Designer Drugs: What Are They?

New drugs are routinely created from other known drugs to eliminate side effects or to enhance benefits recognized by their use over time. In the creation of a new drug formulation, scientific researchers identify a particular property of the original drug and enhance that property to improve treatment of a condition that may be difficult to treat with existing drugs.

When Drug Development Goes Beyond Health Care

This system of drug development can go awry when the new drug is created from an illegal drug or is created without regulation. Unfortunately, such drugs proliferate in today's world. Take, for instance the popularity of hallucinogenic drugs used for recreational purposes over the course of the last 60 years. In the 1950s, experimentation with LSD showed that it had promise as a treatment for schizophrenia. As research and experimentation continued, it became known that LSD could be enjoyable beyond its application in the mental health arena. The drug became popular for use as a party drug, producing a mind-expanding experience that some people deemed an aid for higher-consciousness seeking and spiritual development not possible without the substance. LSD quickly grew in popularity and became widely used. This new market for LSD created new labs that produced the drug. A synthetic drug derived from LSD was created in 1973 by two men who developed ALD-52. This new drug, ALD-52, would be considered a "synthesis drug" or "designer drug," though these terms were not in use at that time. The development of ALD-52 was the first case to be prosecuted for the creation of a new synthetic drug from the original formula for LSD.

The Birth of Designer Drugs

Since that time, literally hundreds of designer drugs have been created. They run the gamut of categories, from opioids to hallucinogens, stimulants to steroids. The term "designer drugs" was first used to describe these synthesis drugs in the 1980s when they began to appear so quickly that drug enforcement agencies had a difficult time tracking them. These drugs are created by synthesizing one or more active agents in the original drug, and their production is often unregulated. They are created as a new substance to buy and sell. In many cases, designer drugs are illegal or only quasi-legal and, unfortunately, a whole new generation of drug addicts are buying them.

When Designer Drugs or Synthesis Drugs Become Destructive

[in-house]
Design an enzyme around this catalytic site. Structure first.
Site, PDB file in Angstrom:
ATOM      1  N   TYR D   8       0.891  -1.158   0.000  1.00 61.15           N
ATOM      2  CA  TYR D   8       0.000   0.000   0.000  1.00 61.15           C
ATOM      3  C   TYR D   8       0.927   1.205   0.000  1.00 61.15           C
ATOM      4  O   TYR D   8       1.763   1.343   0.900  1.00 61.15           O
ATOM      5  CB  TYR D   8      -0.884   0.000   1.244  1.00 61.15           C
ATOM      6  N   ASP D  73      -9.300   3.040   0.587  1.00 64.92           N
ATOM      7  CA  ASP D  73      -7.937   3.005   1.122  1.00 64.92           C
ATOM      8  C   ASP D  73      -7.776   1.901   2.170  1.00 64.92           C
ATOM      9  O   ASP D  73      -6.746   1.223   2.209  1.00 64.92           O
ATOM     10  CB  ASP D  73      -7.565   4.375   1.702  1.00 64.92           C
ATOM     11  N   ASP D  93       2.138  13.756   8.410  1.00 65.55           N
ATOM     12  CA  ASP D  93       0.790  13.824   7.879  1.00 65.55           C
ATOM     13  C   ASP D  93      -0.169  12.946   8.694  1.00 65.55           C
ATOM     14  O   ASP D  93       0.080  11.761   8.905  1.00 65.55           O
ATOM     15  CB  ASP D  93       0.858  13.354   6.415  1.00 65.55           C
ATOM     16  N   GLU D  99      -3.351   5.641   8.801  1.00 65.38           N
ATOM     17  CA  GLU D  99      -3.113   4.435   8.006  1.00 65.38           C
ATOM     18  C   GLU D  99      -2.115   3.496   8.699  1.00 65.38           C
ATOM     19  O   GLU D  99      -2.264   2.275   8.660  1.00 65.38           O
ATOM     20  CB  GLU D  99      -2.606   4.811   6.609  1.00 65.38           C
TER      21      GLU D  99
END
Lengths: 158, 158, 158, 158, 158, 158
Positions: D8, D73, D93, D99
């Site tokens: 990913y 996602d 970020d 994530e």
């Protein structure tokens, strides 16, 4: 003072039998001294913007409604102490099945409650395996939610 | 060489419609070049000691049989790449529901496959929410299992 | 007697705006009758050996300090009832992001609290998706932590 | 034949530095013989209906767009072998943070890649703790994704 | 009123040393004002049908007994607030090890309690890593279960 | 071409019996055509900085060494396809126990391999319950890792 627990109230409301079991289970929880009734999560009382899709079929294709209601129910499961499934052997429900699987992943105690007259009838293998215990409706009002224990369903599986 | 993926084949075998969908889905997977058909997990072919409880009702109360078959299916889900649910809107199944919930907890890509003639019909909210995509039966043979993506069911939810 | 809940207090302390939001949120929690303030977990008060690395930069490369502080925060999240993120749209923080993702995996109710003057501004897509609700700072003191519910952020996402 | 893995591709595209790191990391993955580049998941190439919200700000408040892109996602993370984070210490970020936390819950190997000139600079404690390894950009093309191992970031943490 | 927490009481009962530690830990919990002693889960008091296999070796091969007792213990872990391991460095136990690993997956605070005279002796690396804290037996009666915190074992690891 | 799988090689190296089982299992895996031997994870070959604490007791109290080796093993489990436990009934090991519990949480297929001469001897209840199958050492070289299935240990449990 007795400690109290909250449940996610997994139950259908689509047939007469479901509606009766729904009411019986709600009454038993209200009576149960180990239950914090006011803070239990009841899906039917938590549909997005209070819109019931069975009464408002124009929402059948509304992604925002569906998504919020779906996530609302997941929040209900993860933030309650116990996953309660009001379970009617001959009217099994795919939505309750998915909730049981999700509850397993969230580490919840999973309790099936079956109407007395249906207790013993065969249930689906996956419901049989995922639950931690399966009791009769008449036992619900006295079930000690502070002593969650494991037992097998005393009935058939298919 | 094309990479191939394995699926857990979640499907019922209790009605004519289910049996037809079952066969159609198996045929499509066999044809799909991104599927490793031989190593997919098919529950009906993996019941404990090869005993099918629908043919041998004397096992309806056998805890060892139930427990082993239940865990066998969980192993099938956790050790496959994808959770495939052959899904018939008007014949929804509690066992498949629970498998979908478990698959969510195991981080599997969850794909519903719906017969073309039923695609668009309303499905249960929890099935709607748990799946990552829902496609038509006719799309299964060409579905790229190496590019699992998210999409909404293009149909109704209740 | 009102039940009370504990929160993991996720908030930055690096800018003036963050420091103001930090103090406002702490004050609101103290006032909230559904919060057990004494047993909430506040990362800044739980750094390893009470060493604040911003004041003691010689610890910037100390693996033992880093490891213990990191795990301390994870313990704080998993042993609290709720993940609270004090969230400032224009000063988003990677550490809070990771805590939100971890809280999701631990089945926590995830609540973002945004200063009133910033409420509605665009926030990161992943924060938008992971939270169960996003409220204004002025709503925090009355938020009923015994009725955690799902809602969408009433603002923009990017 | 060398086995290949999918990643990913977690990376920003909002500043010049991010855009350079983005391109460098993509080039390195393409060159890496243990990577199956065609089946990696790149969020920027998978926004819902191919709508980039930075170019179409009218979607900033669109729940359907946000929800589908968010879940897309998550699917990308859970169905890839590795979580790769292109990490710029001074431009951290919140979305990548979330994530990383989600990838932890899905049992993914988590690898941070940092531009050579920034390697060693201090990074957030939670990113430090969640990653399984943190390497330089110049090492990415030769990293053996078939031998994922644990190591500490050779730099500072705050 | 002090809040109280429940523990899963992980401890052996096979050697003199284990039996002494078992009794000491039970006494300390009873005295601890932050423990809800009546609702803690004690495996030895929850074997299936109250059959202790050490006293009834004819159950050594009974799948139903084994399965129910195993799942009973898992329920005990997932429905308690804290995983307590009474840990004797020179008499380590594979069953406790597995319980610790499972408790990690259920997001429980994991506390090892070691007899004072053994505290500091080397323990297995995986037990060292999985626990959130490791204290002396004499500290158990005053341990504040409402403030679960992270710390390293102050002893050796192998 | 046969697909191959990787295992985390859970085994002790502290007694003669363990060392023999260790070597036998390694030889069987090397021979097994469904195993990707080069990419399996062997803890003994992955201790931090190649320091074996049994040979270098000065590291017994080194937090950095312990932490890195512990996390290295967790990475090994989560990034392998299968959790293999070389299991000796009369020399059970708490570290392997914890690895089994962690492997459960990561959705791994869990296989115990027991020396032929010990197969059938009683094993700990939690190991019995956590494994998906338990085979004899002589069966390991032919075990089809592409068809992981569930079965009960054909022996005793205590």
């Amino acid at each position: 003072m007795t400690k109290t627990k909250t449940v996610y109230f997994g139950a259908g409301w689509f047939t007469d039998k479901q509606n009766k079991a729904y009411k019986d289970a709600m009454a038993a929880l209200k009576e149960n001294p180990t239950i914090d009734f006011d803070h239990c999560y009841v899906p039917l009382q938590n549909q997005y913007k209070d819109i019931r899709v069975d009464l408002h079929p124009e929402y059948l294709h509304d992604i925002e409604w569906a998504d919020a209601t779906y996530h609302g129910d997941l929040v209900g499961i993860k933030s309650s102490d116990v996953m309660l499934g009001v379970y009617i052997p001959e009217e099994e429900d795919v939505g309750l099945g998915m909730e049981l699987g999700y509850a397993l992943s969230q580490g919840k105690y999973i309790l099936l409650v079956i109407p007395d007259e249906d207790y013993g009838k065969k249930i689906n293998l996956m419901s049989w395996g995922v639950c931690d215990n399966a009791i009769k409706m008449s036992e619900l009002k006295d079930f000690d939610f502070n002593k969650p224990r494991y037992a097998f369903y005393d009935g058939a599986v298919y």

There are some instances where designer drugs have legal applications, as well as illegal ones. The difference lies in the the entities that are creating them. For example, amphetamines are produced legally, and are legally synthesized to create methamphetamine. However, methamphetamine is seldom used for legal (medical) purposes, due to its inherently addictive properties. The ease of the synthesizing process allowed for the creation of home-made meth, which became popular as a street drug that has done irreparable damage to millions of users.

Ongoing production of designer drugs or synthesis drugs like PCP, methamphetamine, MDMA (ecstasy), and bath salts is a dangerous process. Each time a new synthesis drug is made, the ingredients used are made illegal by governing agencies responsible for taking those chemicals off the open market. As this occurs, new formulations of synthesis drugs are created and new synthetics are developed. This is done for the sake of profit, not health. Marketed to addicts who are desperate and will use whatever new version of their drug becomes available, these synthesis drugs have killed untold numbers of people. Keeping up with this type of illicit drug production is seemingly impossible for reinforcement agencies.

The Marketing of Designer Drugs

The draw for those in the drug trafficking industry, is to create these ever-evolving synthesis drugs while they can legally obtain the necessary ingredients and market the drugs before new laws and regulations are passed. Chemists and lay persons search for ingredients that allow them to market products such as bath salts, synthesized marijuana (also called Spice), and some synthesized opioids that mimic their legal cousins (such as Acetyl Fentanyl). Even sexual performance-enhancing drugs are now being illegally synthesized, due to the demand for these drugs outside of legal parameters. The synthesized versions of these drugs are less expensive and easier to produce, due to the as yet unknown compounds that are used to make them. Unfortunately, the synthesized versions can be deadly, due to the change in formulations and substitution of unregulated compounds. And, as each new designer drug appears on the open market, there are heightened risks for unknown side effects.


Kelly McClanahan has an MSW in clinical social work and a CATC IV in addictions counseling. She teaches meditation and mindfulness, specializing in addiction and trauma. She also leads workshops and seminars on treatment of addictive disorders and stress reduction.

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